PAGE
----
As an ice breaker at a recent church luncheon I asked the audience,
"What's the biggest problem in church fellowship today?"
"Apathy," replied a retired minister sitting at a front table.
Around him other church people non-apathetically nodded agreement. Me, too.
While I was looking out at an assortment of happy faces at well-filled tables, I have faced other kinds of audiences and been sitting in the midst of audiences that were sluggish, disinterested, snoozing--enduring a church event in the name of good church citizenship or duty.
Since then I have paid attention to ways we could change that dynamic, and though I am now a writer of books and on a speakers bureau, once upon a time I was a teacher of business writing, and there was one central idea that I used year after year in a college classroom which was: Understand that the purpose you have in writing a document may not be the benefit an envisioned reader or audience will need to respond to that document.
In any business document, you need to accomplish your purpose while providing a projected benefit for a reader, or in the case of churches, congregants.
That is sometimes hard to do, if you have not stopped to think about the benefit for the reader or church member. Sometimes in the planning of an event we are simply focused on trying to get the date, time, occasion and name of the speaker spelled correctly that we forget that the audience we are inviting is not obligated to care about our event. We must give them a reason to care--we must provide the hope of personal gain, a promised advantage.
This goal is further stymied by the now heavy reliance upon word processing templates to produce flyers, and these pre-designed formats with blanks to fill in are a seductive tool of business writing in churches and elsewhere. They create attractive documents and are often prepared by people who are donating their time. Their time and efforts of volunteers are appreciated and the attractiveness of the produced documents so unembarrasingly good that we think the result is a good flyer. So often, the flyer itself fulfills its potential as a template design and lets us mark a check by the box: job to do: create template. Job done. But that purpose completed does not always meet that sister goal of providing a benefit for the reader or invited audience.
Most likely you will simply add the name of the event and factual pieces of information. To install a benefit for the reader you are going to have to look carefully at the various blanks or modules you can fill in and choose the place where you can attract the reader's eye and interest with a benefit of attendance linked to the subject of the event. Sometimes the benefit is information needed. Sometimes the benefit is entertainment. Whatever the benefit is, know it and couple it with the title of the event.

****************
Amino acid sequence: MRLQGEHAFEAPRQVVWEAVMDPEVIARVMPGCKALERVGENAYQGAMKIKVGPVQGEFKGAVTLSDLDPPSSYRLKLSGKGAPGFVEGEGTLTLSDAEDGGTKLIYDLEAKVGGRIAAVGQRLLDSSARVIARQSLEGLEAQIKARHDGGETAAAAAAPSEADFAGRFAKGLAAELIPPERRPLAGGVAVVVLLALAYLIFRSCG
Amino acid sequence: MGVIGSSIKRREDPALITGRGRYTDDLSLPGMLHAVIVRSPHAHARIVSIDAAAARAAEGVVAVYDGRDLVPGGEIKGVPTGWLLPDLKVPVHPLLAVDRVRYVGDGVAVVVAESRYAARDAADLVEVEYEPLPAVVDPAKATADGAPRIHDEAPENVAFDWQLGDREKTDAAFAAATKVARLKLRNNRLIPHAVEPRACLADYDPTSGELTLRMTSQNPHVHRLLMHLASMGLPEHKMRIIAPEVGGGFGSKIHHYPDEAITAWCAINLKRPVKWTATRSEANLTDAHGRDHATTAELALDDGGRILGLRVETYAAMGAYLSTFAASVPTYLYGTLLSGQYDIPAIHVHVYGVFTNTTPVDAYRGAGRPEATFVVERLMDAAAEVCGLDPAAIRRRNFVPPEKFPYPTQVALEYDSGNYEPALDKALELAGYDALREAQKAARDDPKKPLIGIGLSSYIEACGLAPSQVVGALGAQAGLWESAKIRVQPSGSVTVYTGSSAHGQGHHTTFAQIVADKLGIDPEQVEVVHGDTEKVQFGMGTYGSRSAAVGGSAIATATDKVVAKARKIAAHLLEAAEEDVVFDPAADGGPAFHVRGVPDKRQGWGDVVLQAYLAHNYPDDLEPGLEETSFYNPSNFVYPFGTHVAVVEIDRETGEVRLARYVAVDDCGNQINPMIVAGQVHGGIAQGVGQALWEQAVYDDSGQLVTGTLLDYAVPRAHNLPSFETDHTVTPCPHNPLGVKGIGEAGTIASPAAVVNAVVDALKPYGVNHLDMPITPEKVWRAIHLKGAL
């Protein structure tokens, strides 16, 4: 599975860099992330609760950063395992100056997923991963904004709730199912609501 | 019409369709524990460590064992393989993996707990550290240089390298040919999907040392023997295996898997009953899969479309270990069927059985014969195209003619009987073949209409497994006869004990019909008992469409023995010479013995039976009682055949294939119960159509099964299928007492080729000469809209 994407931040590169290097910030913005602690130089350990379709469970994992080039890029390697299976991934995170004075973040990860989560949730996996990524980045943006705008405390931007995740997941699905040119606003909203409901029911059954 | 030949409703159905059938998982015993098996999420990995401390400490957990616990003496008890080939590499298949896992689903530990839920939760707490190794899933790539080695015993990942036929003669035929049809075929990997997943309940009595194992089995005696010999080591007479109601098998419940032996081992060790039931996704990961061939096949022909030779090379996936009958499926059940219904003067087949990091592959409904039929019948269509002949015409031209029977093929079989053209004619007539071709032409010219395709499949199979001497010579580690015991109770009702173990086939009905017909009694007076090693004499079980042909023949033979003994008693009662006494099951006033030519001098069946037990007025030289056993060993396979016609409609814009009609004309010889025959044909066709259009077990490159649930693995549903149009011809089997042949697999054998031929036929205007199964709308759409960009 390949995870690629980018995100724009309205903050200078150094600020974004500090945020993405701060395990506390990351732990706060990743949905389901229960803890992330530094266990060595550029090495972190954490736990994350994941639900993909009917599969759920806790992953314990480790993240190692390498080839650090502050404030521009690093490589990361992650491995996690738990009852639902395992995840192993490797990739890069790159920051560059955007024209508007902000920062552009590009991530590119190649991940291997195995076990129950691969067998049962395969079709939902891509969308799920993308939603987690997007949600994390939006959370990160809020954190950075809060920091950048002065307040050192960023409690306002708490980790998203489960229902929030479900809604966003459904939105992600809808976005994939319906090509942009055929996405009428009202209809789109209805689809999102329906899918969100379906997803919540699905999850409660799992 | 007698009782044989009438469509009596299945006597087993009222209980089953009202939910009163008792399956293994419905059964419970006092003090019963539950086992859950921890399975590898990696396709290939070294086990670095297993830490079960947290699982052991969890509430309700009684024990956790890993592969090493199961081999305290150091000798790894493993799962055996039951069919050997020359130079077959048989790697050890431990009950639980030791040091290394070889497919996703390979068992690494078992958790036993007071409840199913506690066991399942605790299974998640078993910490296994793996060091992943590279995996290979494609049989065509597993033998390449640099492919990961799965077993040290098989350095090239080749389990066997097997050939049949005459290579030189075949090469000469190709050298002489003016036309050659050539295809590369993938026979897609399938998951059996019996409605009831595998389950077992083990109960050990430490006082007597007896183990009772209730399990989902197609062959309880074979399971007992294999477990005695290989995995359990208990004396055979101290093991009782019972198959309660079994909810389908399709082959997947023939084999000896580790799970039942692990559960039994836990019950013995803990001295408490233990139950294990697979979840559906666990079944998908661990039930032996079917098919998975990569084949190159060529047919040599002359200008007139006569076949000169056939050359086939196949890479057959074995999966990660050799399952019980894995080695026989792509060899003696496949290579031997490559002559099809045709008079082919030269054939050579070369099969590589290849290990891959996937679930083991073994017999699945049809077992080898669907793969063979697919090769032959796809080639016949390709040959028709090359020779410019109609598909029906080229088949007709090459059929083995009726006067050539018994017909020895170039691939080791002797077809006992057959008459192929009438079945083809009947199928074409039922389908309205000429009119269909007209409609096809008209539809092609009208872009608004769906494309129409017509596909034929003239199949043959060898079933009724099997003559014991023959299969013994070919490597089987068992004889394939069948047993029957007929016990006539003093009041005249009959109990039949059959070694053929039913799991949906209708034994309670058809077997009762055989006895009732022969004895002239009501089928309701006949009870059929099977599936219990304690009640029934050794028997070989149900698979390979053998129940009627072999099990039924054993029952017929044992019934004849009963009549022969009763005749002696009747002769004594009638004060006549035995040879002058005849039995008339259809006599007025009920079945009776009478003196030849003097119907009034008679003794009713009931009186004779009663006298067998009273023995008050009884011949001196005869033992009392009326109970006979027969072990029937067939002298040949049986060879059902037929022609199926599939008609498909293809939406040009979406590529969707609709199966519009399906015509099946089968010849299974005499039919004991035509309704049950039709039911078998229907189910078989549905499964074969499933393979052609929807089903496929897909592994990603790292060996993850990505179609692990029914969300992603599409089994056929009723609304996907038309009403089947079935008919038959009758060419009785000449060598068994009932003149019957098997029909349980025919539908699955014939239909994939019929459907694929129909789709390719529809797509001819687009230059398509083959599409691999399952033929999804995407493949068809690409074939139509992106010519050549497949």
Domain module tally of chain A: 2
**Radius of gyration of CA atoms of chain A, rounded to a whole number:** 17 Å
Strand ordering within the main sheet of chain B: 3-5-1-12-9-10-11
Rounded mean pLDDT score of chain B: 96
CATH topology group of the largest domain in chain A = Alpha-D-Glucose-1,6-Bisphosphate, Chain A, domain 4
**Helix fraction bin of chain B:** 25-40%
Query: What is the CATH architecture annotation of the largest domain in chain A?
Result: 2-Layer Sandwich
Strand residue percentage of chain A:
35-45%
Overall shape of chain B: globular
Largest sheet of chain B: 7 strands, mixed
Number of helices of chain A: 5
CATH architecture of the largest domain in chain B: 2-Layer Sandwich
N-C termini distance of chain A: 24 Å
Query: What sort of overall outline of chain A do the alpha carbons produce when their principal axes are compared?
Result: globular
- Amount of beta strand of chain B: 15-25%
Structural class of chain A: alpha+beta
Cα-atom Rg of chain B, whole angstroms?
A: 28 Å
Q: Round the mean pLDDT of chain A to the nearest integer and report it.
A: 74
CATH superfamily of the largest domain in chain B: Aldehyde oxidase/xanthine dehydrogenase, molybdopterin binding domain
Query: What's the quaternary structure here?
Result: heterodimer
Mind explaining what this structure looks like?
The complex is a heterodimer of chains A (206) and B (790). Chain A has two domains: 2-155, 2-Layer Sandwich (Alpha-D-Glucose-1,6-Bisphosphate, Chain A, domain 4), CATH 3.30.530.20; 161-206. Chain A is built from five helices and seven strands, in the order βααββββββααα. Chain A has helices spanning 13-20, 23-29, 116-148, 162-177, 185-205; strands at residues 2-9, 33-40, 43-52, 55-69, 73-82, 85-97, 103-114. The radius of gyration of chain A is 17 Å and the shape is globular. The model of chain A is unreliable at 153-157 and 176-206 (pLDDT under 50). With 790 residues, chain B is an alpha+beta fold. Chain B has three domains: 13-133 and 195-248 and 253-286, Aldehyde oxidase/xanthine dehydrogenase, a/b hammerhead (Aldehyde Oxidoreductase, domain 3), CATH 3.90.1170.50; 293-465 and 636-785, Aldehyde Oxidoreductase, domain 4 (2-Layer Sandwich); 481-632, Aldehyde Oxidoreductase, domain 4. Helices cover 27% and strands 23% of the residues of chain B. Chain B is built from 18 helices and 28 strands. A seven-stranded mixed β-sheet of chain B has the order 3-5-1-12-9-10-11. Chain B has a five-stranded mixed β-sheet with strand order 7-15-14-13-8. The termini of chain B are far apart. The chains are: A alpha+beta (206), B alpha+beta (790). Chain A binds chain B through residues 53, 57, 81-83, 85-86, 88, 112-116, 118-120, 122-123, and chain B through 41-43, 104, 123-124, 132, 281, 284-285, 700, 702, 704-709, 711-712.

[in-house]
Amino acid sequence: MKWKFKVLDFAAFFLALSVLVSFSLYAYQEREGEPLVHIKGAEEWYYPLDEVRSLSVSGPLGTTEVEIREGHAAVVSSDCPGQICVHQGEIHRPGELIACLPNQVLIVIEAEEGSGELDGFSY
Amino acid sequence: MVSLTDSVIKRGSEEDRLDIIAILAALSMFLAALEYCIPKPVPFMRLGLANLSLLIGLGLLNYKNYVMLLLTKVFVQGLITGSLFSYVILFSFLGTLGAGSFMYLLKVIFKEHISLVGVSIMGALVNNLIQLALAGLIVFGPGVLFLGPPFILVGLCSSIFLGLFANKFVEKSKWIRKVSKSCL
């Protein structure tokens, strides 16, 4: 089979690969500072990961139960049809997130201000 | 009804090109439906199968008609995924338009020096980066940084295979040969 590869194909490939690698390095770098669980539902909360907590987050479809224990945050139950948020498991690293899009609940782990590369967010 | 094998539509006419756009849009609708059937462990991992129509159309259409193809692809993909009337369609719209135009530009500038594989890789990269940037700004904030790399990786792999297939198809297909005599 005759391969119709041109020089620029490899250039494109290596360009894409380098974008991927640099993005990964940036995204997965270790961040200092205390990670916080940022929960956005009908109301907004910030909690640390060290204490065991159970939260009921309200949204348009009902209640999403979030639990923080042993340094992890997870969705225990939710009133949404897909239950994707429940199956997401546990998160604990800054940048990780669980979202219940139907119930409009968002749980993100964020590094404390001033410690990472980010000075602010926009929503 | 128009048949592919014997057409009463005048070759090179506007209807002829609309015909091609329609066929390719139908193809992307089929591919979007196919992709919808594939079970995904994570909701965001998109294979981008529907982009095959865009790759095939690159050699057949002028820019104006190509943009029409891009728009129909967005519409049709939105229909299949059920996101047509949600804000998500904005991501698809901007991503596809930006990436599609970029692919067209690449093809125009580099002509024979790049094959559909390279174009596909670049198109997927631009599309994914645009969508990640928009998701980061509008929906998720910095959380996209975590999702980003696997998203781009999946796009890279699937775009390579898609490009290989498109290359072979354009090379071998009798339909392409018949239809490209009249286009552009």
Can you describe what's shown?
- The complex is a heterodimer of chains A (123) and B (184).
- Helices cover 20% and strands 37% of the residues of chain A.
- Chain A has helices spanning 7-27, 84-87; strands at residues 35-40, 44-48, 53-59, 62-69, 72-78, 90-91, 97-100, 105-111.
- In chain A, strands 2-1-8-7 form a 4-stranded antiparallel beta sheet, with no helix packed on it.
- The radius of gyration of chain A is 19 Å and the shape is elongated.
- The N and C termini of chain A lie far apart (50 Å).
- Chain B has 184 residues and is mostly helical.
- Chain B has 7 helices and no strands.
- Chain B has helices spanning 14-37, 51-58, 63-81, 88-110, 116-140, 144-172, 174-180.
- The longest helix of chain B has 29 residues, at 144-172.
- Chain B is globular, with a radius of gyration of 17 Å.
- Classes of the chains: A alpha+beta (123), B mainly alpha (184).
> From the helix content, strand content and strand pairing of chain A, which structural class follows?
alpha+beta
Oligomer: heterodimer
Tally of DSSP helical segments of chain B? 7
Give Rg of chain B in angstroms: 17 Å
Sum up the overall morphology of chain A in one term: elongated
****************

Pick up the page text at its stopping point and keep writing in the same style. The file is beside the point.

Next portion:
As for artwork, it is tempting to simply use a head shot of the guest speaker. But unless that speaker is famous or especially attractive, that head shot will not necessarily do more than introduce the face of someone to strangers. If you are hosting the event to build fellowship and introduce members to one another even that is not enough of a benefit to create an audience. Personal loyalty and politeness to other church members wears out as fast as emotional appeals and requests for money.
To strengthen the appeal of the event, consider which part of the story of your event you want to emphasize, and find artwork that does that. The head shot can usually be placed in a less prominent position somewhere lower on the flyer or left off altogether.
If the head shot is an extract from a church directory, most likely the speaker would prefer you don't use that picture at all. For example, I recently gave a talk at a church luncheon on Will Rogers. The preparer of the flyer used my lackluster picture from the church directory; an easily obtainable picture of Will Rogers holding his signature lariat would have been a much more effective art choice for the wisdom and humor of Will Rogers was the draw to the event--not me. I was just the one talking about him.
That's the real dynamic of the presentation I give, and as I think about ways to help future preparers of flyers for this talk create those flyers, I think about churches, which struggle with church attendance to various very worthy events, and I think, 'Apathy could be overcome, if you remember to add a benefit while you are fulfilling your own purpose in planning the event.'
Don't just tell them about an event. Give them a reason to attend, and if they can see a benefit for themselves, they will come. According to Will Rogers, they have time: "Half our life is spent trying to find something to do with the time we have rushed through life trying to save."
A template will help you save time in preparing a document, like a flyer; but unless you add a benefit for the reader that helps you fulfill your purpose, you are simply filling in blanks that will perpetuate apathy--not solve it.
Daphne Simpkins writes about many subjects, but her novels are about church life. The most recent is about raising money in a church at Christmastime, Christmas in Fountain City